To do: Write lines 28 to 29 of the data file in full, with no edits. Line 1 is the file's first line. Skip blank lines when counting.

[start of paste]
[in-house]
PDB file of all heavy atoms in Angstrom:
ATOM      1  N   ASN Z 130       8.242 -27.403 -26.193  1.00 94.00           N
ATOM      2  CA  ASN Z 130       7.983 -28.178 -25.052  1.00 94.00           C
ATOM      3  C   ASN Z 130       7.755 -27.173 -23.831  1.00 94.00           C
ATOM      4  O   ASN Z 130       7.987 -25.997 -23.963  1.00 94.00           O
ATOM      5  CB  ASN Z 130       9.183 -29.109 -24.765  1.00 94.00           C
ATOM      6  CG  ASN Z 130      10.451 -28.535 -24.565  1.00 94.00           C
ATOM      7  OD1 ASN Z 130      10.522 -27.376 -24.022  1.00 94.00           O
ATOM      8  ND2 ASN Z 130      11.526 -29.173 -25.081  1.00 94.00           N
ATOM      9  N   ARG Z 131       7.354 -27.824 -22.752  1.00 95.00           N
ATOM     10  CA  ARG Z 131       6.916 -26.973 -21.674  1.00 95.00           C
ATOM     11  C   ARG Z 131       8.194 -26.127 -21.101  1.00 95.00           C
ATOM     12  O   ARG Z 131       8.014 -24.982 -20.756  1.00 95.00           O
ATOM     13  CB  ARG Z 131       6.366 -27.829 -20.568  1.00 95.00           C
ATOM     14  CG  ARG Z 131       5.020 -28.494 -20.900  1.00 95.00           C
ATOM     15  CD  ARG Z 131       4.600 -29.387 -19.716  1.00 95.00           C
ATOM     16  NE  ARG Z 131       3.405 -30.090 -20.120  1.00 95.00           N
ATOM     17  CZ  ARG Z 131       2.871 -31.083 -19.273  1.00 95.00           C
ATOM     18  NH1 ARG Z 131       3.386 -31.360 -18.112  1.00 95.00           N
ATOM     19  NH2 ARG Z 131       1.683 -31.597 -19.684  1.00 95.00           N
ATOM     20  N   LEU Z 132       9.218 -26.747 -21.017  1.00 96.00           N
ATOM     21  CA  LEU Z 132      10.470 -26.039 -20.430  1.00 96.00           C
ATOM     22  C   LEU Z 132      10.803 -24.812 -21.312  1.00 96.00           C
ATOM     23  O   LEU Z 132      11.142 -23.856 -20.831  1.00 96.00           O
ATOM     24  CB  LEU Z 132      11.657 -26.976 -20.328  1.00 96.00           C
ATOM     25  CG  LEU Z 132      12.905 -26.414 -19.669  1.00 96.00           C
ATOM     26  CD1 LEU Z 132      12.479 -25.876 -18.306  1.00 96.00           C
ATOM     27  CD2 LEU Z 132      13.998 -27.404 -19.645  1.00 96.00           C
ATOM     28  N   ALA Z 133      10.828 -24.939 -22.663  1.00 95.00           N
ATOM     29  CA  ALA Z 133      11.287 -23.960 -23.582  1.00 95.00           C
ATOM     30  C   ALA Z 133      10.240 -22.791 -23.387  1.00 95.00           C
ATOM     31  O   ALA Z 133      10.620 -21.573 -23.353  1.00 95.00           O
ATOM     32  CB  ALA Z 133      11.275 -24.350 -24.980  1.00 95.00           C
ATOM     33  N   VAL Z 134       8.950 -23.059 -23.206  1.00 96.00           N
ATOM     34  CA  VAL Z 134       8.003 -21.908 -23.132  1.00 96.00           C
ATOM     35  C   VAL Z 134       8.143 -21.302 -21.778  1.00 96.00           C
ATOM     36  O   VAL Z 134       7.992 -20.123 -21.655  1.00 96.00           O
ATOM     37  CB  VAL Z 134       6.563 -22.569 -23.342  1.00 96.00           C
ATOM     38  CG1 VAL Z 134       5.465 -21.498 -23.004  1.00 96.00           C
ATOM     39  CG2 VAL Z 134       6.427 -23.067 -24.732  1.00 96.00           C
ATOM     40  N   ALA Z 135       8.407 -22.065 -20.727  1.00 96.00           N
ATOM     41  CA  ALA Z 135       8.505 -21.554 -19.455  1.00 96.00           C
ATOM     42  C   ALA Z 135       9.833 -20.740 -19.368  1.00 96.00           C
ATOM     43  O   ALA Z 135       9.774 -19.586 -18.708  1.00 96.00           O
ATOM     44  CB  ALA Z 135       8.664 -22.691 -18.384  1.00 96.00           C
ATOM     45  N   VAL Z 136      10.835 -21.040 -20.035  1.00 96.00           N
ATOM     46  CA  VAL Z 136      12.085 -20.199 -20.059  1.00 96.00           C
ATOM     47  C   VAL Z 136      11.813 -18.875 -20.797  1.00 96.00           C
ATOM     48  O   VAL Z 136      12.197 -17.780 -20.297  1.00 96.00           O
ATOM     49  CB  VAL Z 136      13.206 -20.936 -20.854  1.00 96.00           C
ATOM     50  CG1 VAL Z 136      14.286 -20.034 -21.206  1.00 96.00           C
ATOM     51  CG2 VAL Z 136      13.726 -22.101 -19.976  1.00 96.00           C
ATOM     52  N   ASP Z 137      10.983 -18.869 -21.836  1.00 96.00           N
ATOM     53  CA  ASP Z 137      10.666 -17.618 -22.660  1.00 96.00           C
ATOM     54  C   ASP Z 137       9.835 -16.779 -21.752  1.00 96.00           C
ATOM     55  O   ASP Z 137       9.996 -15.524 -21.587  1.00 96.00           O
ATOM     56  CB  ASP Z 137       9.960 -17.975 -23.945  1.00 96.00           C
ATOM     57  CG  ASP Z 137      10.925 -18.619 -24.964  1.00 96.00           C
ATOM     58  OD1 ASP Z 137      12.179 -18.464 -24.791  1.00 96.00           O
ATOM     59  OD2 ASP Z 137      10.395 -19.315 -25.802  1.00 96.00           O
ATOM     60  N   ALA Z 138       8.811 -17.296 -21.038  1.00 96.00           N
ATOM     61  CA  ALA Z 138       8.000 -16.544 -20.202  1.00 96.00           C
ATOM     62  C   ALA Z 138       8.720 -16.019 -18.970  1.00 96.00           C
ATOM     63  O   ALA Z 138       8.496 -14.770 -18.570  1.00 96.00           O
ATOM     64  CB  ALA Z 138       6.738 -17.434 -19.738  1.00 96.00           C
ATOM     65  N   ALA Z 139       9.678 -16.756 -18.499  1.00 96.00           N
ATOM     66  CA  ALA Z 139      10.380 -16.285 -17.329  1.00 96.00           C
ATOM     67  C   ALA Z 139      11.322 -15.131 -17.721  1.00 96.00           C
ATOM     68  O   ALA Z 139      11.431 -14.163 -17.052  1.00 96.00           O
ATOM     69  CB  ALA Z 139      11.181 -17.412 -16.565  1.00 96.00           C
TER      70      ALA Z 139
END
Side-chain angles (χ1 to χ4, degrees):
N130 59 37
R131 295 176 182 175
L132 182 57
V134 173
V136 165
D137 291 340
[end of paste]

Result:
ATOM     26  CD1 LEU Z 132      12.479 -25.876 -18.306  1.00 96.00           C
ATOM     27  CD2 LEU Z 132      13.998 -27.404 -19.645  1.00 96.00           C